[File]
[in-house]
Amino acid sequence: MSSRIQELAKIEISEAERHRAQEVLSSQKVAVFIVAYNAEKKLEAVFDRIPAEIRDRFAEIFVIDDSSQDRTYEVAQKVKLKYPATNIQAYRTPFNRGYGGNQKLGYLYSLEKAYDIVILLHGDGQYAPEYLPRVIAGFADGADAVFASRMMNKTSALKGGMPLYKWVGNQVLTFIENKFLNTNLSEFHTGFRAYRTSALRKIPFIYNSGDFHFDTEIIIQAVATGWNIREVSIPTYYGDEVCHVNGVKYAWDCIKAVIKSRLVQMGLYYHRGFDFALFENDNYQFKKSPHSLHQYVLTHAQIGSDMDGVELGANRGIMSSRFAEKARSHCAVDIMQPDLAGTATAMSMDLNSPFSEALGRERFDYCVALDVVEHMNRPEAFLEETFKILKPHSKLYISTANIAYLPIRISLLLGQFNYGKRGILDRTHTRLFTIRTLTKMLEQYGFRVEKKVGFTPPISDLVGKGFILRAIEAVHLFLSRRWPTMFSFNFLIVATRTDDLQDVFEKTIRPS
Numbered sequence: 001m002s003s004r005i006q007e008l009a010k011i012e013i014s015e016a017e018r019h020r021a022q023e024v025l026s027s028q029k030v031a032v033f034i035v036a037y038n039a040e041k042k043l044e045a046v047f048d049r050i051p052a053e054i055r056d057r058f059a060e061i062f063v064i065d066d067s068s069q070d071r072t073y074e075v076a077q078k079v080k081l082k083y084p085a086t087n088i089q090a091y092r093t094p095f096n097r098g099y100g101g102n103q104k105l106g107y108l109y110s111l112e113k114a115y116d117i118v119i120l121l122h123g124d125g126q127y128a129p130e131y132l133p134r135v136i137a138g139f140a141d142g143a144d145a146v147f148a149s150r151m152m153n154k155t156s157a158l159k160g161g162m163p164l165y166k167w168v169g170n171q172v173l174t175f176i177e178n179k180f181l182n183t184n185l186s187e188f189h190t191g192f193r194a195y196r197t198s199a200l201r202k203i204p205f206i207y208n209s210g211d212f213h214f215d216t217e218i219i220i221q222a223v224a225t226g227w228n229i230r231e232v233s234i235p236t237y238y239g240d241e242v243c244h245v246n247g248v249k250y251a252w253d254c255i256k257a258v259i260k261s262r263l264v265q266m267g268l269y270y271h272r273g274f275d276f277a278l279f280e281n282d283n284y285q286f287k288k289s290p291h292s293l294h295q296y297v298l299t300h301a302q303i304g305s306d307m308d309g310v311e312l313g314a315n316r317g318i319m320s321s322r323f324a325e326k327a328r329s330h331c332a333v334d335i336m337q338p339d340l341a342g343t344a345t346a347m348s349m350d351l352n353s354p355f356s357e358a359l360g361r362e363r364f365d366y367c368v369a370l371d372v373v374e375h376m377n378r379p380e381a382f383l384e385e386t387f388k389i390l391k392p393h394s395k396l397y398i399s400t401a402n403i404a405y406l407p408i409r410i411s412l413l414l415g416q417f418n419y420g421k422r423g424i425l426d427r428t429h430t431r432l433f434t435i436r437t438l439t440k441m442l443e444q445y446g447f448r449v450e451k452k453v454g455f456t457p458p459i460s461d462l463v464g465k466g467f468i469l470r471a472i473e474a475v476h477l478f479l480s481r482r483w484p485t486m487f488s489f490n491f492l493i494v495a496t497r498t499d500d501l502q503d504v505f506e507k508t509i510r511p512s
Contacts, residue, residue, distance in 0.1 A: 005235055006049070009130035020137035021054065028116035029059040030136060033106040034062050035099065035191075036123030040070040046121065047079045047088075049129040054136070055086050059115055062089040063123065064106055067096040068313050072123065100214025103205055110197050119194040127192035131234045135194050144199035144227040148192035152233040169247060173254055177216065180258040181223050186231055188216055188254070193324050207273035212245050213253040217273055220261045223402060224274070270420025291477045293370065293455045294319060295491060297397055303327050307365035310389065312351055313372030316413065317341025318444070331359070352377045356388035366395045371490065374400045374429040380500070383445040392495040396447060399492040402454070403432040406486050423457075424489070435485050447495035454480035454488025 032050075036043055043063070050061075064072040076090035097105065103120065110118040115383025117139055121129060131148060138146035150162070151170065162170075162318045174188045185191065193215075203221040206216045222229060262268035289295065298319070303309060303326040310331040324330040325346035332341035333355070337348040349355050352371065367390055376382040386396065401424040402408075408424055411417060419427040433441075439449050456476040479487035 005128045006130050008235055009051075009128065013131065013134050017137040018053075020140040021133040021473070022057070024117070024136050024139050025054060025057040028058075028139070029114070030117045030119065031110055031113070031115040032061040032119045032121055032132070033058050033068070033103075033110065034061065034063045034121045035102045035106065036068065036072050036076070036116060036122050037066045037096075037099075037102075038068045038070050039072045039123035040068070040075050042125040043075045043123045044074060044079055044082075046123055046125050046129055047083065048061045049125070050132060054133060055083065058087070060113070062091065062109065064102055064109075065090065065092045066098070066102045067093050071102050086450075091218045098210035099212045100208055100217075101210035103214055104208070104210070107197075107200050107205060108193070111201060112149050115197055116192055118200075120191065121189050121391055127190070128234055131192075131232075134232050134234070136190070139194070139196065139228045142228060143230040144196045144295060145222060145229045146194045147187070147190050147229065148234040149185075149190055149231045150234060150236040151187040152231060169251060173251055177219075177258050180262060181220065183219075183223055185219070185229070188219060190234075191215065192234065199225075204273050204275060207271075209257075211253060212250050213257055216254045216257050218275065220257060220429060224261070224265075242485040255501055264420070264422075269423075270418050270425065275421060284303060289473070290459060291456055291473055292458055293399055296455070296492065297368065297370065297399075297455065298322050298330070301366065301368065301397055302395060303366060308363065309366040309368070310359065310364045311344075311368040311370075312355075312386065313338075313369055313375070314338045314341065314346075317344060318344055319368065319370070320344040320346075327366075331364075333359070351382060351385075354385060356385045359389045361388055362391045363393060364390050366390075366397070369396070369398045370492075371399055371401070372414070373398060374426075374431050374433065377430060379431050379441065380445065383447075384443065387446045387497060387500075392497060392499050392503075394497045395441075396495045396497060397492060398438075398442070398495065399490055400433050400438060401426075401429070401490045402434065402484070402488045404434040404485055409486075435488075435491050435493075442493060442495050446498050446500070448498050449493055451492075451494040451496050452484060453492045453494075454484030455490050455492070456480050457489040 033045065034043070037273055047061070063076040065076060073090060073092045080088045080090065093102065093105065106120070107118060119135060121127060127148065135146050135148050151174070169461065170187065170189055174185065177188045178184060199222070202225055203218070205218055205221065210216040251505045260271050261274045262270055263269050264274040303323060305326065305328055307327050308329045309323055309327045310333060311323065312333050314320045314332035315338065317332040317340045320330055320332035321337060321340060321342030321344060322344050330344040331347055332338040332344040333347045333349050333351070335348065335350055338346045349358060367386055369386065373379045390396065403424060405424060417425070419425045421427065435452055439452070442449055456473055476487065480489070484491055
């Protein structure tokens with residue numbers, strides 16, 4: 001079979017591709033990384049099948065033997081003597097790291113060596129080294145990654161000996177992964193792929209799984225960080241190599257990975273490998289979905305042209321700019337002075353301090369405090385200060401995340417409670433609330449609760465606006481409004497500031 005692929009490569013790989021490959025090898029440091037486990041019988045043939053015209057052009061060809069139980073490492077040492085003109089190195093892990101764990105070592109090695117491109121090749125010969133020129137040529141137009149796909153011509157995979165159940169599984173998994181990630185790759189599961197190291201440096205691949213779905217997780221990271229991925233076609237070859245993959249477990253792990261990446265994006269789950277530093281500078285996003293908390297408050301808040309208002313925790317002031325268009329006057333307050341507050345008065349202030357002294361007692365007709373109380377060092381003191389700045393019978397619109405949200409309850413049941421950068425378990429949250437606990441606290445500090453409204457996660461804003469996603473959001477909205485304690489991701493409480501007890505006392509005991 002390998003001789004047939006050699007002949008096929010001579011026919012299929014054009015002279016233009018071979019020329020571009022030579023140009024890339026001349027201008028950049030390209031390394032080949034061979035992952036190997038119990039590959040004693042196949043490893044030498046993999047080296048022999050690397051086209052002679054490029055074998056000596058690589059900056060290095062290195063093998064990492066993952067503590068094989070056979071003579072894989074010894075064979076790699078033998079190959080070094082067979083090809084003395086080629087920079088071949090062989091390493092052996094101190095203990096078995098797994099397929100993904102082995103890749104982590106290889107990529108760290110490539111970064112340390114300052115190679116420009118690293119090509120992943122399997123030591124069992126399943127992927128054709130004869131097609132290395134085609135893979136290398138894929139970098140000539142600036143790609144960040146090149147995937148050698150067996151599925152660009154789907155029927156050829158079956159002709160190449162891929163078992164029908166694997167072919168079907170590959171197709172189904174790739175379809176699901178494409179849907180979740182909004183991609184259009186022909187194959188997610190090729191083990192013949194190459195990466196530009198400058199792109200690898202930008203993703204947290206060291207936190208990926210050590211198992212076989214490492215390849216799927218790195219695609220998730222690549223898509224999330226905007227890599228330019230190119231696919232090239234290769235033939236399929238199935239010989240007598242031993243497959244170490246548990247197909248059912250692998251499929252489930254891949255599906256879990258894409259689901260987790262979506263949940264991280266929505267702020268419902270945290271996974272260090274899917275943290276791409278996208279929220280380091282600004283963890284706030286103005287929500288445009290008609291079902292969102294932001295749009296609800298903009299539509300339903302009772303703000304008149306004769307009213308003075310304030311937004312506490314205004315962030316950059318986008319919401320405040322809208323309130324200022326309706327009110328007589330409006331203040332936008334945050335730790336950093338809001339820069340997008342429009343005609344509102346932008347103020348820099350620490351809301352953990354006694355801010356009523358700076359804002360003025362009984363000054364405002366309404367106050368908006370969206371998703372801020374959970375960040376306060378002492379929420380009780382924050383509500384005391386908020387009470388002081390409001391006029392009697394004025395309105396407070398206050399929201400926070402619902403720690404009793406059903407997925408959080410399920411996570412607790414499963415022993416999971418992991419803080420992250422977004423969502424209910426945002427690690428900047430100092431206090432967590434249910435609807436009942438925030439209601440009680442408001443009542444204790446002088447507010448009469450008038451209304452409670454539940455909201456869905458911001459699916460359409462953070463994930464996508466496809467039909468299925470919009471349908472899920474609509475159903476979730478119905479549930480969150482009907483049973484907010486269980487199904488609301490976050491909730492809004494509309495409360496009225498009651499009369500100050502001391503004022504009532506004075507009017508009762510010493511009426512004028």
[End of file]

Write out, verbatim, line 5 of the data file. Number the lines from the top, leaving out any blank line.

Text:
């Protein structure tokens with residue numbers, strides 16, 4: 001079979017591709033990384049099948065033997081003597097790291113060596129080294145990654161000996177992964193792929209799984225960080241190599257990975273490998289979905305042209321700019337002075353301090369405090385200060401995340417409670433609330449609760465606006481409004497500031 005692929009490569013790989021490959025090898029440091037486990041019988045043939053015209057052009061060809069139980073490492077040492085003109089190195093892990101764990105070592109090695117491109121090749125010969133020129137040529141137009149796909153011509157995979165159940169599984173998994181990630185790759189599961197190291201440096205691949213779905217997780221990271229991925233076609237070859245993959249477990253792990261990446265994006269789950277530093281500078285996003293908390297408050301808040309208002313925790317002031325268009329006057333307050341507050345008065349202030357002294361007692365007709373109380377060092381003191389700045393019978397619109405949200409309850413049941421950068425378990429949250437606990441606290445500090453409204457996660461804003469996603473959001477909205485304690489991701493409480501007890505006392509005991 002390998003001789004047939006050699007002949008096929010001579011026919012299929014054009015002279016233009018071979019020329020571009022030579023140009024890339026001349027201008028950049030390209031390394032080949034061979035992952036190997038119990039590959040004693042196949043490893044030498046993999047080296048022999050690397051086209052002679054490029055074998056000596058690589059900056060290095062290195063093998064990492066993952067503590068094989070056979071003579072894989074010894075064979076790699078033998079190959080070094082067979083090809084003395086080629087920079088071949090062989091390493092052996094101190095203990096078995098797994099397929100993904102082995103890749104982590106290889107990529108760290110490539111970064112340390114300052115190679116420009118690293119090509120992943122399997123030591124069992126399943127992927128054709130004869131097609132290395134085609135893979136290398138894929139970098140000539142600036143790609144960040146090149147995937148050698150067996151599925152660009154789907155029927156050829158079956159002709160190449162891929163078992164029908166694997167072919168079907170590959171197709172189904174790739175379809176699901178494409179849907180979740182909004183991609184259009186022909187194959188997610190090729191083990192013949194190459195990466196530009198400058199792109200690898202930008203993703204947290206060291207936190208990926210050590211198992212076989214490492215390849216799927218790195219695609220998730222690549223898509224999330226905007227890599228330019230190119231696919232090239234290769235033939236399929238199935239010989240007598242031993243497959244170490246548990247197909248059912250692998251499929252489930254891949255599906256879990258894409259689901260987790262979506263949940264991280266929505267702020268419902270945290271996974272260090274899917275943290276791409278996208279929220280380091282600004283963890284706030286103005287929500288445009290008609291079902292969102294932001295749009296609800298903009299539509300339903302009772303703000304008149306004769307009213308003075310304030311937004312506490314205004315962030316950059318986008319919401320405040322809208323309130324200022326309706327009110328007589330409006331203040332936008334945050335730790336950093338809001339820069340997008342429009343005609344509102346932008347103020348820099350620490351809301352953990354006694355801010356009523358700076359804002360003025362009984363000054364405002366309404367106050368908006370969206371998703372801020374959970375960040376306060378002492379929420380009780382924050383509500384005391386908020387009470388002081390409001391006029392009697394004025395309105396407070398206050399929201400926070402619902403720690404009793406059903407997925408959080410399920411996570412607790414499963415022993416999971418992991419803080420992250422977004423969502424209910426945002427690690428900047430100092431206090432967590434249910435609807436009942438925030439209601440009680442408001443009542444204790446002088447507010448009469450008038451209304452409670454539940455909201456869905458911001459699916460359409462953070463994930464996508466496809467039909468299925470919009471349908472899920474609509475159903476979730478119905479549930480969150482009907483049973484907010486269980487199904488609301490976050491909730492809004494509309495409360496009225498009651499009369500100050502001391503004022504009532506004075507009017508009762510010493511009426512004028």